ERIC Number: ED373740
Record Type: RIE
Publication Date: 1994
Reference Count: N/A
Adapting Instruction to Individual Learner Differences: A Research Paradigm for Computer-Based Instruction.
Mills, Steven C.; Ragan, Tillman J.
This paper examines a research paradigm that is particularly suited to experimentation-related computer-based instruction and integrated learning systems. The main assumption of the model is that one of the most powerful capabilities of computer-based instruction, and specifically of integrated learning systems, is the capacity to adapt instruction to the individual differences that exist among learners. The model is applied to an instructional treatment through a popular integrated learning system from Computer Curriculum Corporation (CCC). The problem of adaptive instruction is to diagnose, in any group of learners, where each is located in relation to individual learning characteristics and the knowledge and performances required at a given point in instruction. The research paradigm to be applied uses a microanalysis technique, based on a regression model proposed by previous researchers, that operationalized variables for each individual. Three figures illustrate the model and discussion. (Contains 49 references.) (SLD)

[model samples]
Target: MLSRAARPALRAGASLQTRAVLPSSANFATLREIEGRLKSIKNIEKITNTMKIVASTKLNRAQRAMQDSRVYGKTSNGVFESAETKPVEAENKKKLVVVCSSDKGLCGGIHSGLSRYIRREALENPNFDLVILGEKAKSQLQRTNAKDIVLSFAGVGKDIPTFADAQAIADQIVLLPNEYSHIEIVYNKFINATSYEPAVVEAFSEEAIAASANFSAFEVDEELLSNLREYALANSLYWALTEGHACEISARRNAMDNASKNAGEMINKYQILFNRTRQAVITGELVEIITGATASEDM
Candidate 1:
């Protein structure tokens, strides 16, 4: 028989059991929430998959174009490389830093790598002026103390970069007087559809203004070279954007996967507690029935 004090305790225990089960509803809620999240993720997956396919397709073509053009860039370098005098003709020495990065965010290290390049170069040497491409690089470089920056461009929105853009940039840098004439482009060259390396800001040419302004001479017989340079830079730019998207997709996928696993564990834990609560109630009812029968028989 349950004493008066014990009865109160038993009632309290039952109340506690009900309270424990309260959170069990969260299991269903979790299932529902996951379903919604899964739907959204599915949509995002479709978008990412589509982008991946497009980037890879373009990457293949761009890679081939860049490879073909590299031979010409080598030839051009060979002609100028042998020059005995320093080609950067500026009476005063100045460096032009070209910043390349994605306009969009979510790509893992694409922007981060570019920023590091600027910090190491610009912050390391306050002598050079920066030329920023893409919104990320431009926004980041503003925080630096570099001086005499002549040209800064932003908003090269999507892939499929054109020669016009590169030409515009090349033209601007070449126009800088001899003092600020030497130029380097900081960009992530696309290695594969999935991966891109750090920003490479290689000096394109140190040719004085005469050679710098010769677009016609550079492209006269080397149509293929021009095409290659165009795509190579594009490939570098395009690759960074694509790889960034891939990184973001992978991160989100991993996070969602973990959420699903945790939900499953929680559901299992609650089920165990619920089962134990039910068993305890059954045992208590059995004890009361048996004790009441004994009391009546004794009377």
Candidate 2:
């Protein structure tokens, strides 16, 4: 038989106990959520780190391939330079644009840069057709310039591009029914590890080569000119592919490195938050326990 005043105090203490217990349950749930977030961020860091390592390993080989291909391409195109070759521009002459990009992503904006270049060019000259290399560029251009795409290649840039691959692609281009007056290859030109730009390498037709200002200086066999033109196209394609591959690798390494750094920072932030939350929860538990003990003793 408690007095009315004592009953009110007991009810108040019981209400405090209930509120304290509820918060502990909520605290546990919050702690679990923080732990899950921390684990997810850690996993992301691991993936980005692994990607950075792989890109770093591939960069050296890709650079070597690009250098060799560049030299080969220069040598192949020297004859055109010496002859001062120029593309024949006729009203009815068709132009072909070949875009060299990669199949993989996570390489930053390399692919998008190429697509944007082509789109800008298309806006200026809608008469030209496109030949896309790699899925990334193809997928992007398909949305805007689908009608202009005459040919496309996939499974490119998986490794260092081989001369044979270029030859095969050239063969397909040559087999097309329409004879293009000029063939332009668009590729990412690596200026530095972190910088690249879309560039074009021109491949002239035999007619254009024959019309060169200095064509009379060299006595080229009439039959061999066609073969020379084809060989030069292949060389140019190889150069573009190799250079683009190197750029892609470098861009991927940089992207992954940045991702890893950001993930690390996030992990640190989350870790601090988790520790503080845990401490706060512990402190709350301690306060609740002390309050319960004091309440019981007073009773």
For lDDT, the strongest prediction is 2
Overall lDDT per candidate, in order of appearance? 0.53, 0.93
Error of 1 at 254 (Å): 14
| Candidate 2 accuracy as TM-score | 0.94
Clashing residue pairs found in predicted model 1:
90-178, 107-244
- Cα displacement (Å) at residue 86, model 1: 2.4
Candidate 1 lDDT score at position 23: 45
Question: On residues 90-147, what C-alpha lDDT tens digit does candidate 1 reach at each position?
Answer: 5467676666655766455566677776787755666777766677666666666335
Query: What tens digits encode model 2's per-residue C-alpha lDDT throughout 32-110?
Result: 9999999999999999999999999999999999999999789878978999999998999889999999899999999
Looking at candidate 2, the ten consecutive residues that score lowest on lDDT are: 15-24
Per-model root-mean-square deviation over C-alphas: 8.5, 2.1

Descriptors: Academic Achievement, Computer Assisted Instruction, Educational Research, Educational Technology, Elementary Secondary Education, Experiments, Individual Differences, Integrated Learning Systems, Knowledge Level, Learning, Media Adaptation, Models, Regression (Statistics), Research Design, Student Characteristics, Teaching Methods, Technological Advancement
Publication Type: Information Analyses; Speeches/Meeting Papers
Education Level: N/A
Authoring Institution: N/A
Identifiers: Adaptive Instructional Methods; Computer Curriculum Corporation CA; Microanalysis
Note: In: Proceedings of Selected Research and Development Presentations at the 1994 National Convention of the Association for Educational Communications and Technology Sponsored by the Research and Theory Division (16th, Nashville, TN, February 16-20, 1994); see IR 016 784.